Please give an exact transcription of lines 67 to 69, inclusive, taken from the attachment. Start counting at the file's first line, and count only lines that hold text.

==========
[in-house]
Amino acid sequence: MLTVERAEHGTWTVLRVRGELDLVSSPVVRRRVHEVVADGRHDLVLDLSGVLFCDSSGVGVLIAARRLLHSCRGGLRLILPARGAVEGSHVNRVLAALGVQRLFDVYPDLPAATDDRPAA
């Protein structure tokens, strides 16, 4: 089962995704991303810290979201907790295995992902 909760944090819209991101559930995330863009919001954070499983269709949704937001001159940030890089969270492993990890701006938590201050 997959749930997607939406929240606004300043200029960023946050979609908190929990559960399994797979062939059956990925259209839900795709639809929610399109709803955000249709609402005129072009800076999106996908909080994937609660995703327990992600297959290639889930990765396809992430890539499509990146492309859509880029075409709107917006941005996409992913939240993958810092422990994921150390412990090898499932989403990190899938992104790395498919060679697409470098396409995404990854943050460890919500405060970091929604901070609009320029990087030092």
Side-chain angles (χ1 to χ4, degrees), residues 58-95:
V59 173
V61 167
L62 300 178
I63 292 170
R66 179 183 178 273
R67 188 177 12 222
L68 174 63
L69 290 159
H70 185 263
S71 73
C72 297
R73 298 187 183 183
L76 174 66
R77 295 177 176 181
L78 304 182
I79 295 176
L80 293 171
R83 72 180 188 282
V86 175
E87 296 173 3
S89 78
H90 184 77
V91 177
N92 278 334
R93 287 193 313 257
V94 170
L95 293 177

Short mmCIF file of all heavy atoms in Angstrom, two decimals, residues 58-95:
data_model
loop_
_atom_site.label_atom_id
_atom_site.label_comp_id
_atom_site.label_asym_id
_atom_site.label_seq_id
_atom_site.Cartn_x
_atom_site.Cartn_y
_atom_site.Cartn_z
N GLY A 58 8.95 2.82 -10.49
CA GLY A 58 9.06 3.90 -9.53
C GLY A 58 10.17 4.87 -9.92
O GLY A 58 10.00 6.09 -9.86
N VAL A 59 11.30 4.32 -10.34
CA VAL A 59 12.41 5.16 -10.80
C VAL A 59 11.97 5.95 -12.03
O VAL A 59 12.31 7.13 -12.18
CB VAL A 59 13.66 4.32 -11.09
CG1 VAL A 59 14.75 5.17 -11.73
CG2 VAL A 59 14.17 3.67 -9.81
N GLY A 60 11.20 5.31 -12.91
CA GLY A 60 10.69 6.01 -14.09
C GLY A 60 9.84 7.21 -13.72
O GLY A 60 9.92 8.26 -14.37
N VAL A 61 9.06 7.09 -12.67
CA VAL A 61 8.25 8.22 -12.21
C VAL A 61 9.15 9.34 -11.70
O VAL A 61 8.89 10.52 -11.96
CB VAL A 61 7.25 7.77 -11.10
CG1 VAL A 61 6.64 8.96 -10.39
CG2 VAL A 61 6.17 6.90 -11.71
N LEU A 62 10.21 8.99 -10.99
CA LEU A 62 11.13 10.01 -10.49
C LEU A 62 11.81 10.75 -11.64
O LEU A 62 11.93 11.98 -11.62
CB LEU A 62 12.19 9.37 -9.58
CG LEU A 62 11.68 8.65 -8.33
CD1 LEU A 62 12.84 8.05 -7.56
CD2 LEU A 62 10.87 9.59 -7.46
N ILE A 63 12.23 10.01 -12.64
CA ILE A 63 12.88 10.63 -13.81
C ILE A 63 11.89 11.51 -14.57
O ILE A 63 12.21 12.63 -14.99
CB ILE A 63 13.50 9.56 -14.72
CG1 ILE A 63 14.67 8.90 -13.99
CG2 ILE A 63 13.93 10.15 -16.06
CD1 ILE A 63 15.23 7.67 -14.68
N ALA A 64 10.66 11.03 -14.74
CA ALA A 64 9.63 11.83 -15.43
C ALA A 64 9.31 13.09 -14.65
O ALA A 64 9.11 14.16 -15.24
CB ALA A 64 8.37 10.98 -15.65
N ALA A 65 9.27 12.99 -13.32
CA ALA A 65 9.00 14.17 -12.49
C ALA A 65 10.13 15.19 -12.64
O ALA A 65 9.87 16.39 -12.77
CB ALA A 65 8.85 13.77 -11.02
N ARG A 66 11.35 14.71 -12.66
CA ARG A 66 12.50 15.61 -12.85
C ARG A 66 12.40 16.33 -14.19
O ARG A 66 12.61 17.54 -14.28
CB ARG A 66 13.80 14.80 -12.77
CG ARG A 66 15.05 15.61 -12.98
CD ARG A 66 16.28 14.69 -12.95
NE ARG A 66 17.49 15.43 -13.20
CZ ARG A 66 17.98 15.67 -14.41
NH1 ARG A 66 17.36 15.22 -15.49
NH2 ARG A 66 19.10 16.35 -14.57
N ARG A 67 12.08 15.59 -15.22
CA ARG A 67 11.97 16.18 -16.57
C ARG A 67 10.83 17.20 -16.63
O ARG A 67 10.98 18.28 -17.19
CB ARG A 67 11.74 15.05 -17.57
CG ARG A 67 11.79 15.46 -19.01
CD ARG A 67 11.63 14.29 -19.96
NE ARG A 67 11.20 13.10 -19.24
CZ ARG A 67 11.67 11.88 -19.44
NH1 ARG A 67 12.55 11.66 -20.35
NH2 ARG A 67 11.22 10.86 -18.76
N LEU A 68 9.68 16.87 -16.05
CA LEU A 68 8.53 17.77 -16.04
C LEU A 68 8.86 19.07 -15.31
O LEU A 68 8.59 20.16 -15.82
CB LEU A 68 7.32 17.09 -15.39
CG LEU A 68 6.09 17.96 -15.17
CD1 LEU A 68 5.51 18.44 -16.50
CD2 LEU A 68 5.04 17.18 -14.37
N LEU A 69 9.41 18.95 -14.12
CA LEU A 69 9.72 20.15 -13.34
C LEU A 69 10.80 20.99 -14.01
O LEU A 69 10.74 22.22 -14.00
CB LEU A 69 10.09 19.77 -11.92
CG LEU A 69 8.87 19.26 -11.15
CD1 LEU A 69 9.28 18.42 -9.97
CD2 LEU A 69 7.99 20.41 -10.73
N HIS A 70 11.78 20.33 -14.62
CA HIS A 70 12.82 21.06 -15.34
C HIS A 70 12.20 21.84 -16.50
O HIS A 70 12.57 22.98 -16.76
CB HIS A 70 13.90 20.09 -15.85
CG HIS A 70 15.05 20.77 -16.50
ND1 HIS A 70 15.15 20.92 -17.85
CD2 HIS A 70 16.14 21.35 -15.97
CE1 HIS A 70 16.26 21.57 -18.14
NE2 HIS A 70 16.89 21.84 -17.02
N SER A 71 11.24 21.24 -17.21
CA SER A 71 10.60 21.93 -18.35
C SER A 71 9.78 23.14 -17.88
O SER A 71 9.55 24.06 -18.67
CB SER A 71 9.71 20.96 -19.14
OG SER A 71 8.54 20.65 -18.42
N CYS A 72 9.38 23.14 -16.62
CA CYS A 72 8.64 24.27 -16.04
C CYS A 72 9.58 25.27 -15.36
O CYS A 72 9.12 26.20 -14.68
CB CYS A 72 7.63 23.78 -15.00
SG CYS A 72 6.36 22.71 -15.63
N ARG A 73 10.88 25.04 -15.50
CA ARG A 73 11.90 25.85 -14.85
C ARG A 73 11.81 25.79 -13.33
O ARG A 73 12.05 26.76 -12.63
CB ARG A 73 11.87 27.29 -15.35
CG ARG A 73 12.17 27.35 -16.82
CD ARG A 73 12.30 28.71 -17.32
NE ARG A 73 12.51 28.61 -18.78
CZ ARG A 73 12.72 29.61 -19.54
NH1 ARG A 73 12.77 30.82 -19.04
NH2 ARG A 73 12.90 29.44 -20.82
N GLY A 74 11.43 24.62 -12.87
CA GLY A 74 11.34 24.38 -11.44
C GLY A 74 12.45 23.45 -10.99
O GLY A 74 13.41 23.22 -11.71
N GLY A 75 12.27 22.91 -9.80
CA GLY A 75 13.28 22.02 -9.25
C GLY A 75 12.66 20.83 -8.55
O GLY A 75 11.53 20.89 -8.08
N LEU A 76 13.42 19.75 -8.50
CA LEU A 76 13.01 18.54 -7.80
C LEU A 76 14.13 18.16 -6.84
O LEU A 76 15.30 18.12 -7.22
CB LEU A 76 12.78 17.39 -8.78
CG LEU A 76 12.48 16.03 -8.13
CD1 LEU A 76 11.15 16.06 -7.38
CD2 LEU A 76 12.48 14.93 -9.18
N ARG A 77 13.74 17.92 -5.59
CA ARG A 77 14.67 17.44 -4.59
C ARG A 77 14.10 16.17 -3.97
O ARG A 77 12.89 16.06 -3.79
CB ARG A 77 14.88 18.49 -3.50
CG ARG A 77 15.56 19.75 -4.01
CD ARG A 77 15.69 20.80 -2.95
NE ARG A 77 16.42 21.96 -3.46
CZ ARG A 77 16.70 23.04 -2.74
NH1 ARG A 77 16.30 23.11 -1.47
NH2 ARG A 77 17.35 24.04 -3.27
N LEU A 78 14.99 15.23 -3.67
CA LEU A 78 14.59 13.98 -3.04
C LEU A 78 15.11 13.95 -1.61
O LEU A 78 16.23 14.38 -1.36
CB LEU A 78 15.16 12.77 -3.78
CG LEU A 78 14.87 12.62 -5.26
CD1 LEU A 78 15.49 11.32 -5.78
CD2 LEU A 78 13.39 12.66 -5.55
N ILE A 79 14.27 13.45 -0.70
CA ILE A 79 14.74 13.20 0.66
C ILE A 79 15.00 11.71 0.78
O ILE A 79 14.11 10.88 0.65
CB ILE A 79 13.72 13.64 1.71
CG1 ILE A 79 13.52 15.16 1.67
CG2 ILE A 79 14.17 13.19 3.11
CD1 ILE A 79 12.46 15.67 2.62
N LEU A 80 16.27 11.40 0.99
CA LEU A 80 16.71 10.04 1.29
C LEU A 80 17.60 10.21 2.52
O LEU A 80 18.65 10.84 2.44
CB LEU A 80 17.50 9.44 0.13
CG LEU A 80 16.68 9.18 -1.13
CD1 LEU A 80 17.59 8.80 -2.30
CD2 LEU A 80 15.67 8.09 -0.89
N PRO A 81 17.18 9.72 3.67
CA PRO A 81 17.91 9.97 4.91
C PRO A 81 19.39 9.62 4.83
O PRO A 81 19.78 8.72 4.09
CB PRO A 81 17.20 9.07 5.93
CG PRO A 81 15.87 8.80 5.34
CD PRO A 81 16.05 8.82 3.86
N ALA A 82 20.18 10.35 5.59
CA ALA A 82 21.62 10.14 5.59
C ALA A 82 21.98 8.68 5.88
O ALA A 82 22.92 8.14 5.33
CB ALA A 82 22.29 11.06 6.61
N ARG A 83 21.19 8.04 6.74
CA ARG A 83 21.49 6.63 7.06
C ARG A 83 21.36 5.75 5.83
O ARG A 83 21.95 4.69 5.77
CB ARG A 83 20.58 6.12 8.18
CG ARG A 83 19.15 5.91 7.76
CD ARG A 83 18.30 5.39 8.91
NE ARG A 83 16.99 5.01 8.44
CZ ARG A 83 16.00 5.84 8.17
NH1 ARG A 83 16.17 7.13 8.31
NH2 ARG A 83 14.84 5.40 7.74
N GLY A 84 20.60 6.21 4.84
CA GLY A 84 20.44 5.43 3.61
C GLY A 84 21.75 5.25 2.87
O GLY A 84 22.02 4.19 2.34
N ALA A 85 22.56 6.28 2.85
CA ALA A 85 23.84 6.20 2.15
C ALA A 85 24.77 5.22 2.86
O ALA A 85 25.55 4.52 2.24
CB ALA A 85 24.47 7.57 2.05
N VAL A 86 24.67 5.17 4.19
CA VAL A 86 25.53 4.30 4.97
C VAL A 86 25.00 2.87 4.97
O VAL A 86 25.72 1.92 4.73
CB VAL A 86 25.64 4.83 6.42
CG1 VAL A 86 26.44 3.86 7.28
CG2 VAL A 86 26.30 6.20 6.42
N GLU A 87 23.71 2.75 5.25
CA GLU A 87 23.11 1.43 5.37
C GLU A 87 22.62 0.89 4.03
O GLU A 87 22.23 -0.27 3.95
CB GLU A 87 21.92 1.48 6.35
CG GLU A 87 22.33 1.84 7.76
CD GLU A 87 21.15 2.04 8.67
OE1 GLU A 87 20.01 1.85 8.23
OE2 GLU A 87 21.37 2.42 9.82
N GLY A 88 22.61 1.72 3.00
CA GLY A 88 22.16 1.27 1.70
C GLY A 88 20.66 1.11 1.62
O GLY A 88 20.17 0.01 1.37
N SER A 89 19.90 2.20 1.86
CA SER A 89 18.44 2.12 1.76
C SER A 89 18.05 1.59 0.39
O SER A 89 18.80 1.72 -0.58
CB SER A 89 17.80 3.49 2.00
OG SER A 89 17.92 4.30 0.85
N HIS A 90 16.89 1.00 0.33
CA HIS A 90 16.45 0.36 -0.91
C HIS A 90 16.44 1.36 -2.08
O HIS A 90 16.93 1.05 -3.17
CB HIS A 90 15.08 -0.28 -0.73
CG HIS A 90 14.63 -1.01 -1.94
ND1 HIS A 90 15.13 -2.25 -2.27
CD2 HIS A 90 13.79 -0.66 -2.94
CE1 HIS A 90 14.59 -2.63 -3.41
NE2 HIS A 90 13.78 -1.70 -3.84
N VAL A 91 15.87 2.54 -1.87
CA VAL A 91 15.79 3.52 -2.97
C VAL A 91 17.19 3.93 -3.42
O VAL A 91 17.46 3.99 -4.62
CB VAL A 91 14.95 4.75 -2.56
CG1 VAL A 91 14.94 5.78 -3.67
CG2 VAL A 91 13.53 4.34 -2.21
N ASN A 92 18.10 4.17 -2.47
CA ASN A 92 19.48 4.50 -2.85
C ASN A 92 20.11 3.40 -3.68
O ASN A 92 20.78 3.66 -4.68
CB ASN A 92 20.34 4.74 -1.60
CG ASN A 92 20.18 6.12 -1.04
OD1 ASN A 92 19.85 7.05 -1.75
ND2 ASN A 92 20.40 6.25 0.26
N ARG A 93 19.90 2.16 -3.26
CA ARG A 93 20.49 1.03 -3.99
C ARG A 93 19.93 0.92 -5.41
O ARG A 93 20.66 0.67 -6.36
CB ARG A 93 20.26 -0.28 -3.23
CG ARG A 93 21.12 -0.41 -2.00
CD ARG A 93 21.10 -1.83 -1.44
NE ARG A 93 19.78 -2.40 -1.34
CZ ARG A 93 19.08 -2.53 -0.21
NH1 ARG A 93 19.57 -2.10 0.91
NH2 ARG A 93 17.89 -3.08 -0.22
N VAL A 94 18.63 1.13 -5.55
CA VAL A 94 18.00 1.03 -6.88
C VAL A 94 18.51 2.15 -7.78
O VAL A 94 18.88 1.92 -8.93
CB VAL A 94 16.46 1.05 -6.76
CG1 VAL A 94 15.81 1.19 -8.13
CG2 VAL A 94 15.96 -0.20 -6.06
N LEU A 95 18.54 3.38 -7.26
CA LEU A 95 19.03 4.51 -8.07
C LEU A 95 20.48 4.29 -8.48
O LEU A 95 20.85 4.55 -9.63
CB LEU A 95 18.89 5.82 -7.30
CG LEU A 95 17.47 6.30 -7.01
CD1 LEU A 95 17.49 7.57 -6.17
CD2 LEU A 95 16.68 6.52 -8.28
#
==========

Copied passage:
O LEU A 62 11.93 11.98 -11.62
CB LEU A 62 12.19 9.37 -9.58
CG LEU A 62 11.68 8.65 -8.33